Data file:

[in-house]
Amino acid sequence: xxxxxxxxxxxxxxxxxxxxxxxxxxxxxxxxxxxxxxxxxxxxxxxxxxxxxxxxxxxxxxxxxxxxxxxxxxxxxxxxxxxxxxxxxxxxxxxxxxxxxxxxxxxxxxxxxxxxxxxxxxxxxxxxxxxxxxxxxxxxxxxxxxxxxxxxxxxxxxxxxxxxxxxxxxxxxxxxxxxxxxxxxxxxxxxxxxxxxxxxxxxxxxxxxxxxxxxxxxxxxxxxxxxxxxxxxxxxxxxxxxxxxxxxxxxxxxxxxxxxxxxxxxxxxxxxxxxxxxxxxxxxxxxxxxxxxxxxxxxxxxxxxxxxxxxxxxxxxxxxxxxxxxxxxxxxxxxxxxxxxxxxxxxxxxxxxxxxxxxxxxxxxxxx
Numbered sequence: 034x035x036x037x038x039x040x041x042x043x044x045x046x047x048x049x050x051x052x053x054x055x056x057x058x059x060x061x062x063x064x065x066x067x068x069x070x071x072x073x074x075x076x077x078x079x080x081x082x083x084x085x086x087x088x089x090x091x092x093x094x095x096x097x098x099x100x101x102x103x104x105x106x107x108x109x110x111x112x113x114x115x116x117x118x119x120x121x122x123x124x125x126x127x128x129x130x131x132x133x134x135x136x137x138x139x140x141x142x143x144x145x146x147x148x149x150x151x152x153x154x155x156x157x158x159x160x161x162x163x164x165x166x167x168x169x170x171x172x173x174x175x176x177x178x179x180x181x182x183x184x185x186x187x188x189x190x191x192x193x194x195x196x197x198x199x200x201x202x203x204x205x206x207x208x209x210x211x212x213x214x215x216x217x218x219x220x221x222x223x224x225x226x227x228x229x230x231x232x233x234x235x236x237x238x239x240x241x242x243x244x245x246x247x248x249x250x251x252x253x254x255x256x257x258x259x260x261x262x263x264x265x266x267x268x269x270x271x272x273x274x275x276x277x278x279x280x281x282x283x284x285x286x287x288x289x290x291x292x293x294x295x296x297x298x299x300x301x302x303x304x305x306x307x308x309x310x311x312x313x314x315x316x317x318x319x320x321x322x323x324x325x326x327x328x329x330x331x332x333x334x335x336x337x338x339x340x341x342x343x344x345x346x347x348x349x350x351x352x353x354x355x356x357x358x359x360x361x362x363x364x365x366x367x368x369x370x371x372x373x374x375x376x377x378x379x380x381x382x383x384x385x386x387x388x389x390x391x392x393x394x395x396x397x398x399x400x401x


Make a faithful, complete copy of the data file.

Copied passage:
[in-house]
Amino acid sequence: xxxxxxxxxxxxxxxxxxxxxxxxxxxxxxxxxxxxxxxxxxxxxxxxxxxxxxxxxxxxxxxxxxxxxxxxxxxxxxxxxxxxxxxxxxxxxxxxxxxxxxxxxxxxxxxxxxxxxxxxxxxxxxxxxxxxxxxxxxxxxxxxxxxxxxxxxxxxxxxxxxxxxxxxxxxxxxxxxxxxxxxxxxxxxxxxxxxxxxxxxxxxxxxxxxxxxxxxxxxxxxxxxxxxxxxxxxxxxxxxxxxxxxxxxxxxxxxxxxxxxxxxxxxxxxxxxxxxxxxxxxxxxxxxxxxxxxxxxxxxxxxxxxxxxxxxxxxxxxxxxxxxxxxxxxxxxxxxxxxxxxxxxxxxxxxxxxxxxxxxxxxxxxxx
Numbered sequence: 034x035x036x037x038x039x040x041x042x043x044x045x046x047x048x049x050x051x052x053x054x055x056x057x058x059x060x061x062x063x064x065x066x067x068x069x070x071x072x073x074x075x076x077x078x079x080x081x082x083x084x085x086x087x088x089x090x091x092x093x094x095x096x097x098x099x100x101x102x103x104x105x106x107x108x109x110x111x112x113x114x115x116x117x118x119x120x121x122x123x124x125x126x127x128x129x130x131x132x133x134x135x136x137x138x139x140x141x142x143x144x145x146x147x148x149x150x151x152x153x154x155x156x157x158x159x160x161x162x163x164x165x166x167x168x169x170x171x172x173x174x175x176x177x178x179x180x181x182x183x184x185x186x187x188x189x190x191x192x193x194x195x196x197x198x199x200x201x202x203x204x205x206x207x208x209x210x211x212x213x214x215x216x217x218x219x220x221x222x223x224x225x226x227x228x229x230x231x232x233x234x235x236x237x238x239x240x241x242x243x244x245x246x247x248x249x250x251x252x253x254x255x256x257x258x259x260x261x262x263x264x265x266x267x268x269x270x271x272x273x274x275x276x277x278x279x280x281x282x283x284x285x286x287x288x289x290x291x292x293x294x295x296x297x298x299x300x301x302x303x304x305x306x307x308x309x310x311x312x313x314x315x316x317x318x319x320x321x322x323x324x325x326x327x328x329x330x331x332x333x334x335x336x337x338x339x340x341x342x343x344x345x346x347x348x349x350x351x352x353x354x355x356x357x358x359x360x361x362x363x364x365x366x367x368x369x370x371x372x373x374x375x376x377x378x379x380x381x382x383x384x385x386x387x388x389x390x391x392x393x394x395x396x397x398x399x400x401x